Parrys International takes Neoplan Starliner trio
Dave Parry, boss of Cheslyn Hay based Parrys International, has always looked to operate the best coaches he could buy
His first full sized vehicle when he started coaching in 1973 was a Duple bodied Ford, though he had previously run a Ford Transit. An early example of his luxury philosophy was a Swiss built Volvo C10M integral in the mid 1980s that cost the then outrageous figure of £99,000
The company has a longstanding relationship with the Neoplan brand that goes back to 1989 when Dave Parry’s first examples, a pair of two-axle Mercedes-powered Cityliners, were purchased
Since then around 60 Neoplans have carried the famous red colours
The two axle Cityliners were followed by three-axle Cityliners that became the standard for many years. When the original Starliner was launched in the UK the model became the new choice for the fleet. Twelve were ordered in 1999. Parry’s continued to buy the Starliner 1 for as long as it was possible to do so, and by the time their final examples were delivered (including the very last one) the first left hand drive Starliner 2s were already operating.
Dave had been aware of the development of the new model from the outset and had been shown the early mock ups at Stuttgart. The intention was to switch to the Starliner 2 and a left hand drive demonstrator was shown at the company’s annual January brochure launch day in 2006, where it was announced as the coach Dave would be buying for future seasons. Unfortunately, the decision was subsequently taken not to offer the Starliner 2 in right hand drive at that time, despite Dave trying hard to persuade the company to build the model. In the absence of a suitable top of the range option from Neoplan, in 2007 Dave switched his buying policy to Van Hool with from 2008 onward large numbers of Van Hool Acrons acquired. These featured MAN engines and proved good purchases.
However, when MAN decided that it would after all offer the Starliner 2 model in right hand drive, Dave was persuaded to take a 13.99m long P12 model that went into service in 2013, winning the Coach of the Year title at the UK Coach Rally at Alton Towers.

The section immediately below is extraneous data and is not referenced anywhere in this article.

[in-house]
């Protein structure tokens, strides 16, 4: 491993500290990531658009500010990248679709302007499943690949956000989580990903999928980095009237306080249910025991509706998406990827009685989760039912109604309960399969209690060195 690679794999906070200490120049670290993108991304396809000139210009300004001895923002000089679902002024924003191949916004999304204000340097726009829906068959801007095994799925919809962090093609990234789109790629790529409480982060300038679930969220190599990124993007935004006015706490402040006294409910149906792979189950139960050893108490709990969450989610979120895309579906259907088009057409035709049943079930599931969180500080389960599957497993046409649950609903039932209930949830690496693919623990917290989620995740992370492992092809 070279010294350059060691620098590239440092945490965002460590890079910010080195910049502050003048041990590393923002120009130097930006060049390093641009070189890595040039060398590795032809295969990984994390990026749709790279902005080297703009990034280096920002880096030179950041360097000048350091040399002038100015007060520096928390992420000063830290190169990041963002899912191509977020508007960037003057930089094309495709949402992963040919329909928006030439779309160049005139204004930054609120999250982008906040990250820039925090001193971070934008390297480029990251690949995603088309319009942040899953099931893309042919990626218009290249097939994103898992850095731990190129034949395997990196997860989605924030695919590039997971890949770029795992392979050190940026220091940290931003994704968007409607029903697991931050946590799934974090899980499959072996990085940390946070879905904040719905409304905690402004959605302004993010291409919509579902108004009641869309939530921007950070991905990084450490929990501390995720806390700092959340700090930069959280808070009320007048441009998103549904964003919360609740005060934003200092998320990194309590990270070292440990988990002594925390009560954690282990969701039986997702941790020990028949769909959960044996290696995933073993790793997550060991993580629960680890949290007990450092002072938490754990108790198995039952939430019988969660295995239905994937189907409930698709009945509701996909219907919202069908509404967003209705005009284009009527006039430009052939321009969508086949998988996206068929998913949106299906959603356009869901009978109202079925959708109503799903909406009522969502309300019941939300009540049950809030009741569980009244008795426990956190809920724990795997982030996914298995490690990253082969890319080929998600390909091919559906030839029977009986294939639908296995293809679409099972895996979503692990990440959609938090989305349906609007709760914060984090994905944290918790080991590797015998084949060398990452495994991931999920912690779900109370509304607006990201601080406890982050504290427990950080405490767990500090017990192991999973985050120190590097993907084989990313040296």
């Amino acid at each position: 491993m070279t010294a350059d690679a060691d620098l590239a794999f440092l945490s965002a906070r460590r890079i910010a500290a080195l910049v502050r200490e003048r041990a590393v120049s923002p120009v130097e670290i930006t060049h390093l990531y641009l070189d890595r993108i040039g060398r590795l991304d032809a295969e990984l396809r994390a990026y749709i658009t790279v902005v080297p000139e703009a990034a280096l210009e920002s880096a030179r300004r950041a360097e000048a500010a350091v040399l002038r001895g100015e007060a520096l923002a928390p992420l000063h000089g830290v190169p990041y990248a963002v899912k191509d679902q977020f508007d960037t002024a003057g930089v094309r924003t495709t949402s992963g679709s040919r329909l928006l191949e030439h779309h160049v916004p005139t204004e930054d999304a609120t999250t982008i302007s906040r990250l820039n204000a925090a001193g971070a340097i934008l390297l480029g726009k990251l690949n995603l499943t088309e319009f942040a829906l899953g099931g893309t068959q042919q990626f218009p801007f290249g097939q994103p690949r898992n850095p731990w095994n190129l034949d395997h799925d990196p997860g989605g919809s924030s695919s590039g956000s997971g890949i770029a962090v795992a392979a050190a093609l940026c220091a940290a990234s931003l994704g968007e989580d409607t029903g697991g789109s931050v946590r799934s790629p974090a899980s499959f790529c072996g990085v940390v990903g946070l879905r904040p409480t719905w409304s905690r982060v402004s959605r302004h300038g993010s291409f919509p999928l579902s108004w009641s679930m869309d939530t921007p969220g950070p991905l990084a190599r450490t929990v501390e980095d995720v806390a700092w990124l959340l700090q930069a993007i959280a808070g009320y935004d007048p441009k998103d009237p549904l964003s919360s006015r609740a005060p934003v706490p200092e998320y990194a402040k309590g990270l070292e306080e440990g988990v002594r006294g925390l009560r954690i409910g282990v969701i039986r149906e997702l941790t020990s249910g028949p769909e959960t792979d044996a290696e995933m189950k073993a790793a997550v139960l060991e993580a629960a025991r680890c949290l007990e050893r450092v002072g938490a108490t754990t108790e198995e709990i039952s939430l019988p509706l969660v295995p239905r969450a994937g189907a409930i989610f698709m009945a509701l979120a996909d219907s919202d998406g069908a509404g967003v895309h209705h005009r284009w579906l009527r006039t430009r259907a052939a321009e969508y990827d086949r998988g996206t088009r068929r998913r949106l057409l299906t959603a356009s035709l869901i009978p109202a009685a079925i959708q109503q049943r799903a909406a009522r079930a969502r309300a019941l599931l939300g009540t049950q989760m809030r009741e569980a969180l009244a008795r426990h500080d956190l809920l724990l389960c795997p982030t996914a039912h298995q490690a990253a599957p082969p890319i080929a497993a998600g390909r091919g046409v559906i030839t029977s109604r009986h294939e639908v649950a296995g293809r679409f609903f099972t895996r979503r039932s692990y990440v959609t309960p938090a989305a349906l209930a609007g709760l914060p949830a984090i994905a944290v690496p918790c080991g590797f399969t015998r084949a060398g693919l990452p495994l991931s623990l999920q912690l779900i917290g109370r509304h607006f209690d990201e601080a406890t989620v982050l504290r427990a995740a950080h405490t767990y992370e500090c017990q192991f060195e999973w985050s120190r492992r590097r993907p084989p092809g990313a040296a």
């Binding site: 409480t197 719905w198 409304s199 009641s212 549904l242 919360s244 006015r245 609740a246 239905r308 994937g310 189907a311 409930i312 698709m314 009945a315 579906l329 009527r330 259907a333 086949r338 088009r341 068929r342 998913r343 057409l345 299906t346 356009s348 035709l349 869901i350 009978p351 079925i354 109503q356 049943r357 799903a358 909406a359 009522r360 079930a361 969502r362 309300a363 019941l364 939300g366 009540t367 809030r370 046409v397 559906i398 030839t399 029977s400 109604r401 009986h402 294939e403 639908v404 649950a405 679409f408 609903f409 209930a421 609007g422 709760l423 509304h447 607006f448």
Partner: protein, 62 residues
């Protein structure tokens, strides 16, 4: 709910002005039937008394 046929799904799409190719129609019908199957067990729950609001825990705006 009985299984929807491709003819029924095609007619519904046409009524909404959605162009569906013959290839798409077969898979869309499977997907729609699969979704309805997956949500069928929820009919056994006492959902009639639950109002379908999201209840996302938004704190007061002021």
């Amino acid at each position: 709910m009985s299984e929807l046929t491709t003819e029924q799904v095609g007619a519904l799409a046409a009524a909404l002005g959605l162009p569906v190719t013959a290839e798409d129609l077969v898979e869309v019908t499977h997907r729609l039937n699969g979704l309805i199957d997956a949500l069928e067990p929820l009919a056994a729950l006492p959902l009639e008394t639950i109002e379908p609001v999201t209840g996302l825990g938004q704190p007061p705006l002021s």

Asked what it is he likes about the Starliner he said, ‘It’s the wow factor. It’s an eye-catcher. It’s not something you’d normally associate with a coach but even if you are not in the industry you can’t help but be impressed with the Starliner.’
He likes the MAN engines too, having specified nothing else for his full sized vehicles since switching from Mercedes-Benz in the 1990s when they would not supply him with turbocharged engines.
For this season he has purchased three more Starliner 2 P12s, as well as six more MAN powered Van Hool TX17 Astrons. He generally runs a coach for no more than three seasons before it is replaced, the current main fleet of 11 being completed by the 2013 Starliner and a 2012 Astron. ‘We change regularly to stay ahead,’ he said.
An early success for the company came in banning smoking on its vehicles in 1986. ‘A lot of people said we’re not going to travel with you any more, but more said we are going to travel with you,’ Dave recalled.
The business undertook its first tours in 1981 when the market was deregulated, though it had previously been taken to court because it had been advertising trips to speedway away matches. It wasn’t long after deregulation that all other forms of work were abandoned to concentrate on the touring side.
This year Parry’s International will offer around 550 tours, of durations between two and eleven nights, with the odd 15-night departure on top of that. Until four years ago, roughly 65% of what was offered was continental, but when the exchange rate went to practically one Euro to a pound this changed, the balance altering to 50/50 UK/Continental for three years. This year the split will be 40/60 in favour of continental and Dave told me that the 2015 programme, which has already been finalised, will see a 65% continental bias. He noted, ‘A lot of operators have left the European market which has meant that those of us continuing to do it are doing better.’
Dave believes that 11 is enough coaches for him to manage. The most he has ever run is 18, ‘when I was young, more than ten years ago.’
For the new Starliner trio Dave has gone for his most comprehensive specification yet: and he’s a man who knows more than most about high specifications. Every coach in the fleet now has 48 seats within 14m and a rear kitchen, the only exception being the 2013 Starliner which has a centre kitchen. ‘We’re into step lighting, lighting in all the grab handles, we have every safety thing we can think of,’ he said.